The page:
Uggata the householder gave his reply as follows:

(1) “Venerable Sir, while I was indulging myself in sensuous pleasures in my own Nāgavana Park, I saw the Buddha from a distance. As soon as I cast my eyes on the Buddha, I had explicit faith in Him as the Buddha, and was deeply devoted to him. I became suddenly sober after my drunken bout. Venerable Sir, my explicit faith in and devotion to the Buddha at first sight and my recovering sobriety at that moment is the first extraordinary thing about me.

(2) “Venerable Sir, I approached the Buddha with a pure conviction. The Bhagava discoursed to me in a (most appropriate) step-by-step exposition on: (1) the merits of giving in charity, (2) the virtue of morality, (3) the description about the world of devas, (4) the practice of the Ariya Path. That made my mind receptive, malleable, free of hindrances, elated and clear. The Bhagavā, knowing this, expounded to me the exalted Dhamma, the Four Ariya Truths of Dukkha, the Origin of Dukkha, the cessation of Dukkha, and the way leading to the cessation of Dukkha. Consequently, I gained the Eye of the Dhamma, and attained the anāgāmī-phala. From the time I became an anāgāmī-ariya, I took the life-long vow of the Supramundane Refuge, together with the observance of the Five Precepts with abstinence (Brahmacariya) as one of them. Venerable Sir, my attainment of anāgāmī-phala after my first meeting with the Buddha, my subsequent taking up the Supramundane Refuge with the Five Precepts with the vow of abstinence, is the second extraordinary thing about me.

(3) “Venerable Sir, I had four teenage wives. When I returned home on the day I became an anāgāmī-ariya, I called up my four wives and said to them: ‘Dear sisters, I have taken the vow of chastity for life. You may continue staying in my house, enjoying my wealth and practising charity, or you may return to your parents' house, taking sufficient riches with you for a comfortable life. Or, if anyone of you wishes to remarry, just tell me who is going to be your new bridegroom. Each of you are free to exercise those options.’ Thereupon, my first wife expressed her wish to remarry and she named the bridegroom. I then let that man come up to me, and, holding my first wife in my left hand, and the libation jug in my right hand, I offered my wife to that man and sanctified their marriage. In relinquishing my first wife, who was still very young, to another man, I felt nothing in my mind. Venerable Sir, my detachment in giving up my first wife to another man is the third extraordinary thing about me.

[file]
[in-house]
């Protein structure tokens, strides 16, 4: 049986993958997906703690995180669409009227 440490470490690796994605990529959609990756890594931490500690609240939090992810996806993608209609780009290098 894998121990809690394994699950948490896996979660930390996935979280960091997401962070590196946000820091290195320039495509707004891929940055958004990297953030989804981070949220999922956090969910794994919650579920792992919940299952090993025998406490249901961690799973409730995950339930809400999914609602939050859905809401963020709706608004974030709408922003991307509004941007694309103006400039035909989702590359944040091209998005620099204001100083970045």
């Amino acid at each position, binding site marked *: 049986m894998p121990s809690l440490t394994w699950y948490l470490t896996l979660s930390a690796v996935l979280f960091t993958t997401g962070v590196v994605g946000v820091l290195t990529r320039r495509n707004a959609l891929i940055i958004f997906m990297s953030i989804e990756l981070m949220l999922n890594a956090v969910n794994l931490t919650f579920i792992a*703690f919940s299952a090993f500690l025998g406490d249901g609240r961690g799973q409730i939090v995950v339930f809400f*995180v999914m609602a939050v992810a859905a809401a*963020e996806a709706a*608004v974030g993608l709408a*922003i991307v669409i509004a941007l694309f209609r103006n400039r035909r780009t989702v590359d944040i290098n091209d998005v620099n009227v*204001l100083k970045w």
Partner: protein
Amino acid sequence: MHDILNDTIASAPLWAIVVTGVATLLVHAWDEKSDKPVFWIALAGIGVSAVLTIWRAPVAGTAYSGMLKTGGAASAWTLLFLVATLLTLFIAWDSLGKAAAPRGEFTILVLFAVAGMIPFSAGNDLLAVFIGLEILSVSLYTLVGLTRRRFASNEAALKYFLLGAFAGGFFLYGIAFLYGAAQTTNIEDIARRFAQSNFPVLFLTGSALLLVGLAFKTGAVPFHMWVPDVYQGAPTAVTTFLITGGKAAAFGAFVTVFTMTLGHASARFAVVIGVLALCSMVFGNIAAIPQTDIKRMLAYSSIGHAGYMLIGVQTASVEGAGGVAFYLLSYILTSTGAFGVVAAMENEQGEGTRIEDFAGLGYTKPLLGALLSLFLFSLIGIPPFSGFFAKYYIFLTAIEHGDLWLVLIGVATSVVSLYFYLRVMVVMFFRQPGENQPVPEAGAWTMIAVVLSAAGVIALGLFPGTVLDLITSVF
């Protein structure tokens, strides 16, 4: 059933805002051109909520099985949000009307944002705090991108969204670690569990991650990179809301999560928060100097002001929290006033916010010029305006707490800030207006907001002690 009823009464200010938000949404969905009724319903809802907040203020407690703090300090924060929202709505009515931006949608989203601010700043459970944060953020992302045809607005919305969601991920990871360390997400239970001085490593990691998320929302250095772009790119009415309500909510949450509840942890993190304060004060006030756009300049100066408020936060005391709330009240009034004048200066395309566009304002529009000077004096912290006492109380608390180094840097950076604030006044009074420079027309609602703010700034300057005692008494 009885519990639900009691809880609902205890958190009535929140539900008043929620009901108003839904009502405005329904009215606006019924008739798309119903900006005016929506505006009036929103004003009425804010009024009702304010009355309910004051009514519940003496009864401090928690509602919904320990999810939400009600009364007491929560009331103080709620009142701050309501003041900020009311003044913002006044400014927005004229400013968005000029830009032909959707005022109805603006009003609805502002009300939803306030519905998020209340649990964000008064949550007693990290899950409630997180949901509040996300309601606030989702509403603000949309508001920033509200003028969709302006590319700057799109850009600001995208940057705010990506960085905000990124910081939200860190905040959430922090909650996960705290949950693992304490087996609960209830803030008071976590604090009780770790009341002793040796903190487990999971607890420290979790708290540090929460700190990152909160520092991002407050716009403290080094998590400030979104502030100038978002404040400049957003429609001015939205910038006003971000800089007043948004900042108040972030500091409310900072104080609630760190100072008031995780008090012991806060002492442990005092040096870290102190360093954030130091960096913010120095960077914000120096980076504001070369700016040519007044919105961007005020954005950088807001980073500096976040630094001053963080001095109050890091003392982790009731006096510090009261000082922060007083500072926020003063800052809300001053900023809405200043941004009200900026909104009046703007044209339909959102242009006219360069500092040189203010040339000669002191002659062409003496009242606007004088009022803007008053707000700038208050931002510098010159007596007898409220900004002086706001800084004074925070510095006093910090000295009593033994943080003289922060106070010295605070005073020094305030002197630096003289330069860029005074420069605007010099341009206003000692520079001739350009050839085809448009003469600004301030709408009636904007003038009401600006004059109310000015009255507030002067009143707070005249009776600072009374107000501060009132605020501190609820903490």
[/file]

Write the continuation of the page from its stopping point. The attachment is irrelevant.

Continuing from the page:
(4) “Venerable Sir, whatever possessions I have in my house, I consider them to be assigned to the virtuous bhikkhus. I hold back nothing from the Sangha. Venerable Sir, this liberality towards the Sangha, in considering all my possessions as being assigned to the virtuous bhikkhus, is the fourth extraordinary thing about me.

(5) “Venerable Sir, whenever I attend to a bhikkhu, I do so reverently and personally, but never irreverently. If that bhikkhu preaches me a discourse, I listen reverentially, but never irreverently. If that bhikkhu does not preach me a discourse, I preach a discourse to him. Venerable Sir, my reverentially attending to bhikkhus, reverentially listening to their discourses, and my preaching a discourse to the bhikkhu who does not preach to me is the fifth extraordinary thing about me.